Department of Nursing, Chodang University, 380, Muanro, Muaneup, Muangun, Jeollanamdo, South Korea
This study was done to identify the current status of turnover research on Korean nurses and to suggest directions for future research.
A total of 63 articles over the past 10 years were selected using key words such as turnover intention or turnover-related variables from several databases. Frequency and percent were used to describe the characteristics of the turnover studies.
Quantitative research accounted for 90.5% of the total studies, and 60.3% of the studies were published by the Journal of Korean Academy of Nursing Administration. Most studies focused on the turnover intention of general nurses (71.9%) working in general hospitals (54.4%). Lawler’s turnover intention tool was used in 28.1% of the studies with a relatively high score for Cronbach’s alpha (0.7≤ a in 98.2% studies). 50.9% of the studies used descriptive survey design, and stepwise or hierarchical regression was used for the final statistical methods in 49.1% of the studies. Among the studies, 42.1% included job satisfaction as an influencing factor for turnover intention. In late twenties, single status, college graduates, staff nurse, low salary, and nursing experience with 1-5 years appeared to be significantly related to turnover intention across the studies.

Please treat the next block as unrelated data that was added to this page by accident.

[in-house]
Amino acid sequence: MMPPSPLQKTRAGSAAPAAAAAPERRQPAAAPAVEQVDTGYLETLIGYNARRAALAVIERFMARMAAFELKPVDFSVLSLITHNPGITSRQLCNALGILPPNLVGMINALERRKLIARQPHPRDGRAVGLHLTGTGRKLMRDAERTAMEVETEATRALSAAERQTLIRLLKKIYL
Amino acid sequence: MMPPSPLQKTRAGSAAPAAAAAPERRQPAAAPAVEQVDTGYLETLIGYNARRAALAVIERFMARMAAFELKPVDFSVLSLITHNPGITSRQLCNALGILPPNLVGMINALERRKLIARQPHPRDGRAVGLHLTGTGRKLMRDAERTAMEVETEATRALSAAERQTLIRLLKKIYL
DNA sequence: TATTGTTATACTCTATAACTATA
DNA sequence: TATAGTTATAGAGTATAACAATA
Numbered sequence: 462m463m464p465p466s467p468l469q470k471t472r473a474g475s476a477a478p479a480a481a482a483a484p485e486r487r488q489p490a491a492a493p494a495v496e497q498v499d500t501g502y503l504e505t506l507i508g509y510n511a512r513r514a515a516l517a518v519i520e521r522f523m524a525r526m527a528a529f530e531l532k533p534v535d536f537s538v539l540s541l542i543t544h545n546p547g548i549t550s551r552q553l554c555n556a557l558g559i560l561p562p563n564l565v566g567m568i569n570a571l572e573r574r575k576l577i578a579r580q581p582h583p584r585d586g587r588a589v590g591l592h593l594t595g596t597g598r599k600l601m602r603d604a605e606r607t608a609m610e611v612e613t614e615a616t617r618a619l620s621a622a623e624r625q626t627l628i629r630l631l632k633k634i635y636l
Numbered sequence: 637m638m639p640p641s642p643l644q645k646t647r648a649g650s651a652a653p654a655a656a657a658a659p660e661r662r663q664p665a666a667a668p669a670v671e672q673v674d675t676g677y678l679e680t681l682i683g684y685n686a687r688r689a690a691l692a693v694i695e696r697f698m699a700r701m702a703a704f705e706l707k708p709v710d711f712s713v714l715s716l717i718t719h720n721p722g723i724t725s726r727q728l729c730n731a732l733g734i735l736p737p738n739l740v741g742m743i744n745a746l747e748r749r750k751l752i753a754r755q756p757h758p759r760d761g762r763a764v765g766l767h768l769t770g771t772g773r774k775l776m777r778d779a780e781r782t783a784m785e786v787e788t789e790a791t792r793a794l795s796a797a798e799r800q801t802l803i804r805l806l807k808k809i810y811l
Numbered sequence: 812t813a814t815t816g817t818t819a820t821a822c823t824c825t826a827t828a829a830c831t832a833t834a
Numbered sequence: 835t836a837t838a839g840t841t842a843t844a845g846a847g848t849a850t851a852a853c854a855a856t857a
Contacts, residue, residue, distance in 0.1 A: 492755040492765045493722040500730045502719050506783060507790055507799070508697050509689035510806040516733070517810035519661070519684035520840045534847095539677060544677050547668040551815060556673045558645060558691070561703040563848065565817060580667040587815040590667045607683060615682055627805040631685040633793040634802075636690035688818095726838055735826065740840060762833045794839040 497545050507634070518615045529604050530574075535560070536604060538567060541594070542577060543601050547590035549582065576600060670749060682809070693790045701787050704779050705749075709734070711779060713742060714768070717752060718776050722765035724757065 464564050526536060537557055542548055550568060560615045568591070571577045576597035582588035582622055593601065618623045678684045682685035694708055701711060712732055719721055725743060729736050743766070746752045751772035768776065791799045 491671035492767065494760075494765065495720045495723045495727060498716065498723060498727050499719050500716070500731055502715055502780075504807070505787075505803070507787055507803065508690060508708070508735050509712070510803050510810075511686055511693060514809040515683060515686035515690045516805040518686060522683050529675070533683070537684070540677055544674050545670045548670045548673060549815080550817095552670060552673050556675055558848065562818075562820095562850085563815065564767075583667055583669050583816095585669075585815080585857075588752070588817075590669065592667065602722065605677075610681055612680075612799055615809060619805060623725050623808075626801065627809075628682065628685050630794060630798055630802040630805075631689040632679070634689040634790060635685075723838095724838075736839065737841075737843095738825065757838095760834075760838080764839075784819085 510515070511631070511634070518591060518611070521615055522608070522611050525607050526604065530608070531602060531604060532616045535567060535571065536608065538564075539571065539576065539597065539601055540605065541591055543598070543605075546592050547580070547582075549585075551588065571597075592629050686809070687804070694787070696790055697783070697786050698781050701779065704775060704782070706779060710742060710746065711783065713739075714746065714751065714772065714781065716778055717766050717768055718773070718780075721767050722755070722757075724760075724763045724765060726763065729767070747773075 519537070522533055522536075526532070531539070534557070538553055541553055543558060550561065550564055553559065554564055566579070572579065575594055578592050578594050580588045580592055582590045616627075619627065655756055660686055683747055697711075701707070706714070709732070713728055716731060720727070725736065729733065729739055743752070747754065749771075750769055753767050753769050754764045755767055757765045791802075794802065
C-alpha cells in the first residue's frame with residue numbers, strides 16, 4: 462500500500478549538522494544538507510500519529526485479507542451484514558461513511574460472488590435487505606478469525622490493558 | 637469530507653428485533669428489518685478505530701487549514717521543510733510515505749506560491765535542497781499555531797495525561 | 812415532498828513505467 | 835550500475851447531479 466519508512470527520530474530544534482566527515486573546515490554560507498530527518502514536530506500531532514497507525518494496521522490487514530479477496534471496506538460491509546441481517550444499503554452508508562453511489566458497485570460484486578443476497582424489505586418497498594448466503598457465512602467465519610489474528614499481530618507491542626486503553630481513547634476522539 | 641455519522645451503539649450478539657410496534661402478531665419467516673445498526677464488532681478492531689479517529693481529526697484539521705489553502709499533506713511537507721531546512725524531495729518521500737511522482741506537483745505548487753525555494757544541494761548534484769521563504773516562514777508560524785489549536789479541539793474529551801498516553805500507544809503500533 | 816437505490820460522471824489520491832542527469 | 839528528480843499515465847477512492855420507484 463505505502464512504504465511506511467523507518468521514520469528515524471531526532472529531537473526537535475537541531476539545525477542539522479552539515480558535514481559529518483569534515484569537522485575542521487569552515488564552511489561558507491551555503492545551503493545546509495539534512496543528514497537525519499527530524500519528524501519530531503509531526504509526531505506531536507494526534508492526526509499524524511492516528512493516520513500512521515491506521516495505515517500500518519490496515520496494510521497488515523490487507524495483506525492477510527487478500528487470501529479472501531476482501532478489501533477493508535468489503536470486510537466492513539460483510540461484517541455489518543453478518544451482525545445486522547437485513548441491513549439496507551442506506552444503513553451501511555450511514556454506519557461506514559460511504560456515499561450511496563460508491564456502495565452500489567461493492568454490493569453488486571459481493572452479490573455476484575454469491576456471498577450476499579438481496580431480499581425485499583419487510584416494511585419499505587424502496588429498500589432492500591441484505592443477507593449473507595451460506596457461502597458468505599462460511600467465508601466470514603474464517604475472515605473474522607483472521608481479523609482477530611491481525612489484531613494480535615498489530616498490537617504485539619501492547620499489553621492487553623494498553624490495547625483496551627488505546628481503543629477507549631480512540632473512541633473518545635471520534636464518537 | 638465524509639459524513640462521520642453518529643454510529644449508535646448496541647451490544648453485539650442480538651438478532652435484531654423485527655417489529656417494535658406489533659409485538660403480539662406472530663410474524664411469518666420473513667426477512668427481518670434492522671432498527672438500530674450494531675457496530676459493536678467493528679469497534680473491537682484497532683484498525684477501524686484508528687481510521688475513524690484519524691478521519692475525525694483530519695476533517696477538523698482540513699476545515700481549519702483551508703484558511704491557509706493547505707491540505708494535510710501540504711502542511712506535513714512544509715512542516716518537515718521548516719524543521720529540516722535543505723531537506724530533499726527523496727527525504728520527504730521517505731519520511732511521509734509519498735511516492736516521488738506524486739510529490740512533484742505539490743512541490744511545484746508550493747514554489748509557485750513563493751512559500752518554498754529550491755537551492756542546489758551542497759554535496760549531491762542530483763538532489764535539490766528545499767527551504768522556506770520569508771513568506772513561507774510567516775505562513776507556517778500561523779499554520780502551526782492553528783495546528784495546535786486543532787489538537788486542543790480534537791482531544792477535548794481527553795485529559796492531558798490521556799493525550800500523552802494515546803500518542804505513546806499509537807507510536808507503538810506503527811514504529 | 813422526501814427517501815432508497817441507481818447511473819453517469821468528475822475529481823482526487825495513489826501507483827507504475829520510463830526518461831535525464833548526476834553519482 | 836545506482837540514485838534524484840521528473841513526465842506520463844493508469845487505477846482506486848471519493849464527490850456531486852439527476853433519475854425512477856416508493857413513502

To date, turnover intention has been substituted for turnover in most studies. Because it is believed that nursing turnover will continue and ultimately challenge patient care and nursing outcomes, longitudinal research with actual turnover data is needed to produce new evidence on the turnover culture and its effects on health care outcomes in Korea.
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